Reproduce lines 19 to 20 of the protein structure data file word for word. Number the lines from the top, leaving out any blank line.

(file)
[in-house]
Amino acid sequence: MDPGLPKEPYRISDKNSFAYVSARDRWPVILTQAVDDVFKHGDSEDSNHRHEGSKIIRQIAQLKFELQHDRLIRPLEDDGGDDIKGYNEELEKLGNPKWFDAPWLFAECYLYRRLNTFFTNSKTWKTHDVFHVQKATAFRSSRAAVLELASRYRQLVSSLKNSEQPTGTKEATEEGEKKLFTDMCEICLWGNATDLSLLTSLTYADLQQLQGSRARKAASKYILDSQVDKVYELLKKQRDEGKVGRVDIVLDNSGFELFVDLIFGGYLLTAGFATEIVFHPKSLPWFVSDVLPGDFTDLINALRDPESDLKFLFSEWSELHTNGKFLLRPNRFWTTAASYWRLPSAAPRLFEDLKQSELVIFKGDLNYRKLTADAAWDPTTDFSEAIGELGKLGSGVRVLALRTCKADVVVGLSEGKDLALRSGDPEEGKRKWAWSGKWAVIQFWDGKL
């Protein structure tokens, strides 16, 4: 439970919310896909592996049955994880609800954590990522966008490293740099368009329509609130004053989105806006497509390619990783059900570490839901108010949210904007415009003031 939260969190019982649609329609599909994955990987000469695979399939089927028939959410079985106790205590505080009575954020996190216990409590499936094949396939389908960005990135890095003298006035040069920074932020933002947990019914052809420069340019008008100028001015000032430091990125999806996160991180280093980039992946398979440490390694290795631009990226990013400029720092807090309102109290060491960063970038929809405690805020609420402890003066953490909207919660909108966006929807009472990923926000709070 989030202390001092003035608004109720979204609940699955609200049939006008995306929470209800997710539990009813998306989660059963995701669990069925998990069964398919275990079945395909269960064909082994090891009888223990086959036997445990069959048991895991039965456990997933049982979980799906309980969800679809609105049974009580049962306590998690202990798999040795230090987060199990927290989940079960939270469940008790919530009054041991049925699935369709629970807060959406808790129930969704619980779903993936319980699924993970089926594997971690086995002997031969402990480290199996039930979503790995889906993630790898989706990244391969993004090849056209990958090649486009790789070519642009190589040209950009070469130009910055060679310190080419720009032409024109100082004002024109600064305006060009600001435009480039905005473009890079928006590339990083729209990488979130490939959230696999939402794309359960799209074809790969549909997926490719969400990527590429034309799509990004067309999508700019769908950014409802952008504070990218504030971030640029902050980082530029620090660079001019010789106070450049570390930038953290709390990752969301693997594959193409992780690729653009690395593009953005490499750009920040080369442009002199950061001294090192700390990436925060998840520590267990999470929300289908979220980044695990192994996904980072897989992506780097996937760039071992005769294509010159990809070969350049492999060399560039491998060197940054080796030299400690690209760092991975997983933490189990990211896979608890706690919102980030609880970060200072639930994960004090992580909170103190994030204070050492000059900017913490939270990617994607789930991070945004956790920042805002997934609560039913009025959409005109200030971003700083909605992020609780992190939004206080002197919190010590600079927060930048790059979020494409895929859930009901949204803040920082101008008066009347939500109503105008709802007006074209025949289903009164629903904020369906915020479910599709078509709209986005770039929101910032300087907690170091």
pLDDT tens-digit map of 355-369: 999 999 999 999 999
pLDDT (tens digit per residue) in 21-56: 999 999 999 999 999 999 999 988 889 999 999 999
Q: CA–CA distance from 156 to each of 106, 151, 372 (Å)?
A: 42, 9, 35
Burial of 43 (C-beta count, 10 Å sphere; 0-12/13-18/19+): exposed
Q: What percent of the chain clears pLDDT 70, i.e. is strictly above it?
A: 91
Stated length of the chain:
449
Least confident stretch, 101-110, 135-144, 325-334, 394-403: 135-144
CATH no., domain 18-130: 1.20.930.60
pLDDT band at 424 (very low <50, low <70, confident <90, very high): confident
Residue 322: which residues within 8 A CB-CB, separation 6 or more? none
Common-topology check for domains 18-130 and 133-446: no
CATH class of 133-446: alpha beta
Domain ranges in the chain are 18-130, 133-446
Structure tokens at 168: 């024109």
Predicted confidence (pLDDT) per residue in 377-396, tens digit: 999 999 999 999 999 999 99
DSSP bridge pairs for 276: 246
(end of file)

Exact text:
Domain ranges in the chain are 18-130, 133-446
Structure tokens at 168: 């024109």